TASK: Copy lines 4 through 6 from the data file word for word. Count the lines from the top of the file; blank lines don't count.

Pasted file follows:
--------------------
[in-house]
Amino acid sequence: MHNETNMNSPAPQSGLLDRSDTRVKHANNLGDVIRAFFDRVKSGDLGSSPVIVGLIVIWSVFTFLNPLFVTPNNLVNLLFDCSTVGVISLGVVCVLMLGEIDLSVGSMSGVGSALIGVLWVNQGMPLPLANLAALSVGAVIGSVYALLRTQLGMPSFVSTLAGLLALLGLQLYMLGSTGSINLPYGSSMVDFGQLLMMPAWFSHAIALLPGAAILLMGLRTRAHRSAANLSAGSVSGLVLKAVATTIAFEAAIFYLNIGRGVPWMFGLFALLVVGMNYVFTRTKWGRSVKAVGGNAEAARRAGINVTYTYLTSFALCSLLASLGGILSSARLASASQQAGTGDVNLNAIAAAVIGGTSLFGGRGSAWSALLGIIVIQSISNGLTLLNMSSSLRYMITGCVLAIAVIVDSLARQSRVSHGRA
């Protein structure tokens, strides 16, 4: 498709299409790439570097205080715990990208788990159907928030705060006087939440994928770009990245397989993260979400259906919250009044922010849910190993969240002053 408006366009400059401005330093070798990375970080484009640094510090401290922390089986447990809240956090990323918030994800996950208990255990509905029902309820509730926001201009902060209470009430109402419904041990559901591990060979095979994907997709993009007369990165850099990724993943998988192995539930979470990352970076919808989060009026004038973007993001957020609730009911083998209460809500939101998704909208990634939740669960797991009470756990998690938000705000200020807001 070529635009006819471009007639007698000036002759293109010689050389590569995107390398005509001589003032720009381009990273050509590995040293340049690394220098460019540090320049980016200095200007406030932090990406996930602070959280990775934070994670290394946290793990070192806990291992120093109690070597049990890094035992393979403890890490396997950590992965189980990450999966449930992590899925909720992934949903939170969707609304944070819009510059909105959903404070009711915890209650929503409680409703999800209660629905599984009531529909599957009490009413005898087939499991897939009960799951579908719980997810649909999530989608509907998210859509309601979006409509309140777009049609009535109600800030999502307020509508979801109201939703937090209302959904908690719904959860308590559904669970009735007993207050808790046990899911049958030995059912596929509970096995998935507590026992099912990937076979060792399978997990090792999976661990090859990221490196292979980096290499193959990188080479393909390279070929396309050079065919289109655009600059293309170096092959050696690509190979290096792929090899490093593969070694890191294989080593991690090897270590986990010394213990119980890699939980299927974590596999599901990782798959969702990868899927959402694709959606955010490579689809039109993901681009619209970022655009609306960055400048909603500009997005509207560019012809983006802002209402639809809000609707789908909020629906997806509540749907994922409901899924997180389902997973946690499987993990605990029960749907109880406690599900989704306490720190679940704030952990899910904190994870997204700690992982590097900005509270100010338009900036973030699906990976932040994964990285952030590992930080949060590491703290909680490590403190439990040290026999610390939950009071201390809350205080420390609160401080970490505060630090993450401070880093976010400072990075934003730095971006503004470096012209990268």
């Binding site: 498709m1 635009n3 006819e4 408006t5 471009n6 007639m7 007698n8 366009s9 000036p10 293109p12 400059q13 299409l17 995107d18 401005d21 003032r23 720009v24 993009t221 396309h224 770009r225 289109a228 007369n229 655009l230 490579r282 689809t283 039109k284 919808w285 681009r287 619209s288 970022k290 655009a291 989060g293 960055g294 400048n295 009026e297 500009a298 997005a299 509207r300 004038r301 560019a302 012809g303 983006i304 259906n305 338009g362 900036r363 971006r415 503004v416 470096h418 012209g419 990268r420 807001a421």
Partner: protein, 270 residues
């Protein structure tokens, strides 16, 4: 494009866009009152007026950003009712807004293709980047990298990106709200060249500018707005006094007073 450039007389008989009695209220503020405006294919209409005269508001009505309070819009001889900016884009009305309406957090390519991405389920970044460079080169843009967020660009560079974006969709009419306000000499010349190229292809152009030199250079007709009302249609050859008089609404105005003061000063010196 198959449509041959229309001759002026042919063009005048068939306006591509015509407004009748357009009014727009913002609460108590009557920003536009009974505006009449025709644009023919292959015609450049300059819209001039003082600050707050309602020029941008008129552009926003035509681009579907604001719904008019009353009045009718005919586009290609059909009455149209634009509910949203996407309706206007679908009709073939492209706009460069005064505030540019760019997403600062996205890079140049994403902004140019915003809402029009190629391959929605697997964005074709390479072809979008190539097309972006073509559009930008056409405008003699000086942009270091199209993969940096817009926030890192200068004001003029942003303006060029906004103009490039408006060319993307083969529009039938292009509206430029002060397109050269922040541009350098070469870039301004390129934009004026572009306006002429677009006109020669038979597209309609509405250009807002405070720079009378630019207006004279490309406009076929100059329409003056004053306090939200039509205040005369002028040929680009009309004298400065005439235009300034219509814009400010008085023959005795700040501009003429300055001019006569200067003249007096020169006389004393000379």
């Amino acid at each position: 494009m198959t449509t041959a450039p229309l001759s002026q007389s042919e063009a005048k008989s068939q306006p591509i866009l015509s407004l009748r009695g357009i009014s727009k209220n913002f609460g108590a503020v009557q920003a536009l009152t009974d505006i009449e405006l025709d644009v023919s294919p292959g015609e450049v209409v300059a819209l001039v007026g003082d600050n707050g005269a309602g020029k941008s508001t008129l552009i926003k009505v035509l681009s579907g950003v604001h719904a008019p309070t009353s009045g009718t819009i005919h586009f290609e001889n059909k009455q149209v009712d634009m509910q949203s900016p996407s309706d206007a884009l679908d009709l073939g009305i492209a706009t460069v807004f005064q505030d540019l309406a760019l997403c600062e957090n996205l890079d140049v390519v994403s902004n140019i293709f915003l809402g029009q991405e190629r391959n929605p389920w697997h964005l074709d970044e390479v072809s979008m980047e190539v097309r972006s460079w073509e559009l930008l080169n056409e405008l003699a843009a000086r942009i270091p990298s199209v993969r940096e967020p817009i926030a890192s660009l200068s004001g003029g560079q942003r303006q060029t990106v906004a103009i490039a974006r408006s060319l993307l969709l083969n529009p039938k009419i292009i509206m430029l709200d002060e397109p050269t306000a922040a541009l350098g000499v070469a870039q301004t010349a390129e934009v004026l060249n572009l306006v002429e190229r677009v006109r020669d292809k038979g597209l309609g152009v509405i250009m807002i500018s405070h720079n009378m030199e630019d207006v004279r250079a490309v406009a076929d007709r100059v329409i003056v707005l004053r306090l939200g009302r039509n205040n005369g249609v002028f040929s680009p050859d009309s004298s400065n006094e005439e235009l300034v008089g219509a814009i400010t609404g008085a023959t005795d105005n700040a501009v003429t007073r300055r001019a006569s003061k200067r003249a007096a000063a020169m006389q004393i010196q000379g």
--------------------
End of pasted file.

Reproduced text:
């Binding site: 498709m1 635009n3 006819e4 408006t5 471009n6 007639m7 007698n8 366009s9 000036p10 293109p12 400059q13 299409l17 995107d18 401005d21 003032r23 720009v24 993009t221 396309h224 770009r225 289109a228 007369n229 655009l230 490579r282 689809t283 039109k284 919808w285 681009r287 619209s288 970022k290 655009a291 989060g293 960055g294 400048n295 009026e297 500009a298 997005a299 509207r300 004038r301 560019a302 012809g303 983006i304 259906n305 338009g362 900036r363 971006r415 503004v416 470096h418 012209g419 990268r420 807001a421």
Partner: protein, 270 residues
């Protein structure tokens, strides 16, 4: 494009866009009152007026950003009712807004293709980047990298990106709200060249500018707005006094007073 450039007389008989009695209220503020405006294919209409005269508001009505309070819009001889900016884009009305309406957090390519991405389920970044460079080169843009967020660009560079974006969709009419306000000499010349190229292809152009030199250079007709009302249609050859008089609404105005003061000063010196 198959449509041959229309001759002026042919063009005048068939306006591509015509407004009748357009009014727009913002609460108590009557920003536009009974505006009449025709644009023919292959015609450049300059819209001039003082600050707050309602020029941008008129552009926003035509681009579907604001719904008019009353009045009718005919586009290609059909009455149209634009509910949203996407309706206007679908009709073939492209706009460069005064505030540019760019997403600062996205890079140049994403902004140019915003809402029009190629391959929605697997964005074709390479072809979008190539097309972006073509559009930008056409405008003699000086942009270091199209993969940096817009926030890192200068004001003029942003303006060029906004103009490039408006060319993307083969529009039938292009509206430029002060397109050269922040541009350098070469870039301004390129934009004026572009306006002429677009006109020669038979597209309609509405250009807002405070720079009378630019207006004279490309406009076929100059329409003056004053306090939200039509205040005369002028040929680009009309004298400065005439235009300034219509814009400010008085023959005795700040501009003429300055001019006569200067003249007096020169006389004393000379």